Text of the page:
Players don’t care how much you know until they know how much you care
That quote is one that has been around for a long time, although the author of it is in question (I have seen it attributed to a number of different people). Regardless of who first coined the phrase, it’s one that every coach should think about when developing their own unique coaching philosophy (Sport Success 360). Borrowing from the field of sport psychology, it’s clear that when players feel respected they are far more apt to pay attention to the coach, and they increase their motivation and mental toughness as a result.
Think about it for a moment – people care a lot less about your knowledge in most cases than they do your authenticity and true intentions. Similar to how we often hear the music before we take in the lyrics of a song, human beings more quickly “tune in” to see if you have their better interest in mind before they make an appraisal of your knowledge base.
Some coaches are masterminds of the X’s and O’s, but don’t seem to “connect” with their players. Other coaches, however, might be light on the strategies of coaching, but terrific at building strong relationships with players on the team – often propelling them to believe in themselves and reach new athletic heights as a result.
How a coach builds rapport with his players is a unique experience, but if he has genuine and true intentions the steps needed to do this really don’t need to be scripted. What I mean by this is that as human beings, it seems we have a built-in homing device when it comes insincere communication. With that said, coaches who truly believe in their players don’t really have to do anything except be their genuine, caring selves.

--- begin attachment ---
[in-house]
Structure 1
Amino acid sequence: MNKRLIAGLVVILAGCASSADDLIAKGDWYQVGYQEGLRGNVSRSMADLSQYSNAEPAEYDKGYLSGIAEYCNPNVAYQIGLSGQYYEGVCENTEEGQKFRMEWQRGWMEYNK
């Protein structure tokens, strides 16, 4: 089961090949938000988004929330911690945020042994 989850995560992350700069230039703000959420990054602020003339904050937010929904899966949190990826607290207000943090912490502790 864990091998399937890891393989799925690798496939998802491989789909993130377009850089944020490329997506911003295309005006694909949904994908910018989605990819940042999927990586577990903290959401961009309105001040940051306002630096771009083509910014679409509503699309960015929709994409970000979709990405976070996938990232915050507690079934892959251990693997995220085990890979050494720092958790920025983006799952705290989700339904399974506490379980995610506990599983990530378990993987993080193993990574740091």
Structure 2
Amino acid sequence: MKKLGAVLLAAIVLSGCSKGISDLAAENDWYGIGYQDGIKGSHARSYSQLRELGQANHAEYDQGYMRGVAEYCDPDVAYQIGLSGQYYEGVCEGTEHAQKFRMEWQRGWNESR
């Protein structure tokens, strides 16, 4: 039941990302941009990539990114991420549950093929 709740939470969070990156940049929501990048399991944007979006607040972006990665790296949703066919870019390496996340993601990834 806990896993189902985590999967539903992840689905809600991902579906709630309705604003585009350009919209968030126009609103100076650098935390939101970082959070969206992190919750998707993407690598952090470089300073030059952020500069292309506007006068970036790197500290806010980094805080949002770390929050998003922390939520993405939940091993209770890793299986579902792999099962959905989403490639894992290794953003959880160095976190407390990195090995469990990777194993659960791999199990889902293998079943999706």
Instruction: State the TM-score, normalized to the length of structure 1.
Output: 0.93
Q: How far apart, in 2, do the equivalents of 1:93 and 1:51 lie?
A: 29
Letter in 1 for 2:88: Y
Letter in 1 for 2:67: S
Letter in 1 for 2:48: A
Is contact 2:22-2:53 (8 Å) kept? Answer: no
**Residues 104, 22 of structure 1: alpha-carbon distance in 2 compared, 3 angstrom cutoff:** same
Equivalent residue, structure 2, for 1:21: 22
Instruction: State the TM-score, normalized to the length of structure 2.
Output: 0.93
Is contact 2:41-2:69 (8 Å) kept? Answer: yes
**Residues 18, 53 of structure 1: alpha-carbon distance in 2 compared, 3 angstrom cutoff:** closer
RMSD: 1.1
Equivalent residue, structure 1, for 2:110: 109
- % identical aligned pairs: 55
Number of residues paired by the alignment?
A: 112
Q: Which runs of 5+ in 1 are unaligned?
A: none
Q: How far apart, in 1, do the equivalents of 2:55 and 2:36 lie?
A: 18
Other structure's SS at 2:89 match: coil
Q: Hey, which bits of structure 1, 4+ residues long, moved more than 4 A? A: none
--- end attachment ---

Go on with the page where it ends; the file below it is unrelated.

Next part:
Developing plays and running practice drills are certainly important, but perhaps the biggest job for any coach is to build the trust necessary for his players to believe in him, and more importantly, through that coach-player relationship come to believe in themselves. It is in these moments where players will push out another set in the weight room, run another lap on the track, and study a few more minutes of film. Players who believe in their coach increase personal motivation, have more fun playing, and develop mental toughness for when times are tough.
Think about the significance of developing strong interpersonal relationships with the players you coach and watch how your team blossoms – if you need some help, check out our popular “Peak Performance for Coaches”audio pro0gram!